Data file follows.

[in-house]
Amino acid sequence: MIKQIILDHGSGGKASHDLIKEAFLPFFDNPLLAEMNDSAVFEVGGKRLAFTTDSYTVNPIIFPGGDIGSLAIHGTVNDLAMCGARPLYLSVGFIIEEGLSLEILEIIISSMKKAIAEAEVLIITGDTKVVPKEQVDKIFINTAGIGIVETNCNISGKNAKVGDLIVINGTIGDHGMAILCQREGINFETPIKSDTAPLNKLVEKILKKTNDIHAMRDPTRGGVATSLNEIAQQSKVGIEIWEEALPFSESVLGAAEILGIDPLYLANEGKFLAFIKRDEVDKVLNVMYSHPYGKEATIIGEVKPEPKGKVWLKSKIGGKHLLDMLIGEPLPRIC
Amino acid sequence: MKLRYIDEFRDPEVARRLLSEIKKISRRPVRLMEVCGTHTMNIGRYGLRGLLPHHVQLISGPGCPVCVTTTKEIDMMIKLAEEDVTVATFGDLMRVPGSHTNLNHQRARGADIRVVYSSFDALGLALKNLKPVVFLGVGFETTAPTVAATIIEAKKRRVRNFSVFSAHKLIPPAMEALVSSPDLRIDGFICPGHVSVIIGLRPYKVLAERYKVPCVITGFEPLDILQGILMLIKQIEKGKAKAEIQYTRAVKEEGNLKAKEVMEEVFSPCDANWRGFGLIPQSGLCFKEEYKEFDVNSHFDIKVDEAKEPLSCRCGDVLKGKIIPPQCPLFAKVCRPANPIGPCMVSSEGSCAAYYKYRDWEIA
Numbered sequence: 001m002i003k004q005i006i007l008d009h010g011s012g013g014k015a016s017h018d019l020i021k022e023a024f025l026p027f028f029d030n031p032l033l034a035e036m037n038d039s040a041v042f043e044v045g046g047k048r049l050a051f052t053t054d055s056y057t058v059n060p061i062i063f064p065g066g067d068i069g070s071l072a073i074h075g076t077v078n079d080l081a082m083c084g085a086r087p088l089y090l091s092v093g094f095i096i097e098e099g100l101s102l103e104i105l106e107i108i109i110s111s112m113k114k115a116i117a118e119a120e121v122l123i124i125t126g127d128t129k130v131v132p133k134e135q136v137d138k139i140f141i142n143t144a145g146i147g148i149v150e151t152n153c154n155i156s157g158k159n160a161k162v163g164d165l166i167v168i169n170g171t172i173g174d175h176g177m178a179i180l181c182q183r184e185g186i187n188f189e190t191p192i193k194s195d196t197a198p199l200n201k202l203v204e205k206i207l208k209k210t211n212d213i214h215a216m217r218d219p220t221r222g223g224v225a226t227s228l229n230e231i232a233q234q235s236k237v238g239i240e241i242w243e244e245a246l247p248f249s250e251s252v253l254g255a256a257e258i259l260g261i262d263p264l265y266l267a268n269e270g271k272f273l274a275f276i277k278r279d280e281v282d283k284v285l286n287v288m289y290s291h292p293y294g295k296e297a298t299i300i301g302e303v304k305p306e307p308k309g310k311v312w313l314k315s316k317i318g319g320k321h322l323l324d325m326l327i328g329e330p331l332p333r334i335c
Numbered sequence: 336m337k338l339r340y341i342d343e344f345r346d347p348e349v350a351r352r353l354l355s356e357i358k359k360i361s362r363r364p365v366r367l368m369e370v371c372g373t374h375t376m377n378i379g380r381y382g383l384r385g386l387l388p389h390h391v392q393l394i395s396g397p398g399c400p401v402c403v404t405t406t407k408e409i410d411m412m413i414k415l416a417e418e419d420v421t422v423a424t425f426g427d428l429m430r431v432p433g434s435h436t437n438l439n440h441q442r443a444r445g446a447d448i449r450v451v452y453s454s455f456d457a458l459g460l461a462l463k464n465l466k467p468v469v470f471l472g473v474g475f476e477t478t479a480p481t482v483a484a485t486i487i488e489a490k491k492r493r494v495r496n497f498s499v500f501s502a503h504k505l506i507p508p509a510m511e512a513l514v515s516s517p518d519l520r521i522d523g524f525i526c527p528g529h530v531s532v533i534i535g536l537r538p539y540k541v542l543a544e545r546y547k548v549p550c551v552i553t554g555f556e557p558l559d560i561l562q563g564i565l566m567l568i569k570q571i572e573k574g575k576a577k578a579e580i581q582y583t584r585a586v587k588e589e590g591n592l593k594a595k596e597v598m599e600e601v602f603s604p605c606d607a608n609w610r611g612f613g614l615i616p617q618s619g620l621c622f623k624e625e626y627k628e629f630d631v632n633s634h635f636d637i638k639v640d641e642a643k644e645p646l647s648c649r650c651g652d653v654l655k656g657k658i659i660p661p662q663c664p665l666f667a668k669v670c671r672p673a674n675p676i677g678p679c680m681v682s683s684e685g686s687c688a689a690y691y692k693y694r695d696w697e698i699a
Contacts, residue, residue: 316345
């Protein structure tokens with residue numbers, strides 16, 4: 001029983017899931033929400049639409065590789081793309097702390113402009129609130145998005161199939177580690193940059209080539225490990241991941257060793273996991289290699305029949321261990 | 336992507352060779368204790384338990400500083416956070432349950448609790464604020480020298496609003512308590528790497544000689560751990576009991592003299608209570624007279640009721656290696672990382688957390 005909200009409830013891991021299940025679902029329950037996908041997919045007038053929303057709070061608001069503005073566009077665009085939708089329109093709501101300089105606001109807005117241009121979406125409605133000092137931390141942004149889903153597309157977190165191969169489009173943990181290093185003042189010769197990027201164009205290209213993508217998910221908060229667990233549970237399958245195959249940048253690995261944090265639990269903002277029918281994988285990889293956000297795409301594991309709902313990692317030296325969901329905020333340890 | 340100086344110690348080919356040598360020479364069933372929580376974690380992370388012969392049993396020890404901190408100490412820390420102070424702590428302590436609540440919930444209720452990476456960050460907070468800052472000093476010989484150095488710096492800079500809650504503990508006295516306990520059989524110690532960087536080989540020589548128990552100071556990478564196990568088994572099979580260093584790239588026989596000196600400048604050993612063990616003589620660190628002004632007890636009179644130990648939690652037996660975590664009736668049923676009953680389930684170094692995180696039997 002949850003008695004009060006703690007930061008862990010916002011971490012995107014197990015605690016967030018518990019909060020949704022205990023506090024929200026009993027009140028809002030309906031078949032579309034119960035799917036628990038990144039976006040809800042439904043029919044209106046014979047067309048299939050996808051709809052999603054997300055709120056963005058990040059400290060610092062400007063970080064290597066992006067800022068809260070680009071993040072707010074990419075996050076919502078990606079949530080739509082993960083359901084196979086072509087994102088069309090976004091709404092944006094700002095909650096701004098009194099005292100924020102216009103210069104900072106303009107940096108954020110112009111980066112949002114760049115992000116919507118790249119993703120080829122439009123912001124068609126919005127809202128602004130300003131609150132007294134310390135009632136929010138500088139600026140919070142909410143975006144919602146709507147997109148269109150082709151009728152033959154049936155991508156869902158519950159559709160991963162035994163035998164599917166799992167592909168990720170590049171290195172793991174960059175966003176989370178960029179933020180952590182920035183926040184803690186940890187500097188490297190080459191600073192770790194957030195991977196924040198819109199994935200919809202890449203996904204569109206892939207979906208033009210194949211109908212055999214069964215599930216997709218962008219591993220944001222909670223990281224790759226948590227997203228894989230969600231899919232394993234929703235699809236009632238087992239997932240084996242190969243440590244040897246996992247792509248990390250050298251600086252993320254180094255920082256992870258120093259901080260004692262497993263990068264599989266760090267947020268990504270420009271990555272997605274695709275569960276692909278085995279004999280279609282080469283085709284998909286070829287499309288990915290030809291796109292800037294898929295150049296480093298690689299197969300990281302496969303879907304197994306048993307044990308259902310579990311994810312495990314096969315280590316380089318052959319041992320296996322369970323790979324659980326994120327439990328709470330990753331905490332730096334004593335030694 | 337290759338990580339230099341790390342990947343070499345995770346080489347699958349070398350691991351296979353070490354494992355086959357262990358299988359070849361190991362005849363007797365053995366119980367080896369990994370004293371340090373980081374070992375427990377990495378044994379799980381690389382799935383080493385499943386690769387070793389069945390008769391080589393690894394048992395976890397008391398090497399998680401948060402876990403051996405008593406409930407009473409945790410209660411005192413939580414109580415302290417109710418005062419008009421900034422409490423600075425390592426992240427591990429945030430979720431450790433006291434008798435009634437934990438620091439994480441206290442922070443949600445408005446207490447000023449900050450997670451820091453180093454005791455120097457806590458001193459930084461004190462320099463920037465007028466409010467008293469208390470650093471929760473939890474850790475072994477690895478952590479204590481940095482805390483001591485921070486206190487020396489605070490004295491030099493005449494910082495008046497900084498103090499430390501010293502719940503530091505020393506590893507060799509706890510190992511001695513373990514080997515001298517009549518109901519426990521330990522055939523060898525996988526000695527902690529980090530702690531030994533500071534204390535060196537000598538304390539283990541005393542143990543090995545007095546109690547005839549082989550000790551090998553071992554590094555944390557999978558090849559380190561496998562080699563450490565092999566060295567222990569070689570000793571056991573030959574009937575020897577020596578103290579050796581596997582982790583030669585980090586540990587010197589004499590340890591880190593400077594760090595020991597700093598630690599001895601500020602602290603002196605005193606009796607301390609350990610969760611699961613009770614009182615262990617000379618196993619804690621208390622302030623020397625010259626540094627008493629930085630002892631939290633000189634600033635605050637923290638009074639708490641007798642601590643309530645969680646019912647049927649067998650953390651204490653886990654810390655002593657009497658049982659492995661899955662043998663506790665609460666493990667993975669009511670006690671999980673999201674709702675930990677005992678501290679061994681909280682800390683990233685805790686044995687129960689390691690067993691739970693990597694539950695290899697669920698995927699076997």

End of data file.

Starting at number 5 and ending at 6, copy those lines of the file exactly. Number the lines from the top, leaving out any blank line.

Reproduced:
Numbered sequence: 336m337k338l339r340y341i342d343e344f345r346d347p348e349v350a351r352r353l354l355s356e357i358k359k360i361s362r363r364p365v366r367l368m369e370v371c372g373t374h375t376m377n378i379g380r381y382g383l384r385g386l387l388p389h390h391v392q393l394i395s396g397p398g399c400p401v402c403v404t405t406t407k408e409i410d411m412m413i414k415l416a417e418e419d420v421t422v423a424t425f426g427d428l429m430r431v432p433g434s435h436t437n438l439n440h441q442r443a444r445g446a447d448i449r450v451v452y453s454s455f456d457a458l459g460l461a462l463k464n465l466k467p468v469v470f471l472g473v474g475f476e477t478t479a480p481t482v483a484a485t486i487i488e489a490k491k492r493r494v495r496n497f498s499v500f501s502a503h504k505l506i507p508p509a510m511e512a513l514v515s516s517p518d519l520r521i522d523g524f525i526c527p528g529h530v531s532v533i534i535g536l537r538p539y540k541v542l543a544e545r546y547k548v549p550c551v552i553t554g555f556e557p558l559d560i561l562q563g564i565l566m567l568i569k570q571i572e573k574g575k576a577k578a579e580i581q582y583t584r585a586v587k588e589e590g591n592l593k594a595k596e597v598m599e600e601v602f603s604p605c606d607a608n609w610r611g612f613g614l615i616p617q618s619g620l621c622f623k624e625e626y627k628e629f630d631v632n633s634h635f636d637i638k639v640d641e642a643k644e645p646l647s648c649r650c651g652d653v654l655k656g657k658i659i660p661p662q663c664p665l666f667a668k669v670c671r672p673a674n675p676i677g678p679c680m681v682s683s684e685g686s687c688a689a690y691y692k693y694r695d696w697e698i699a
Contacts, residue, residue: 316345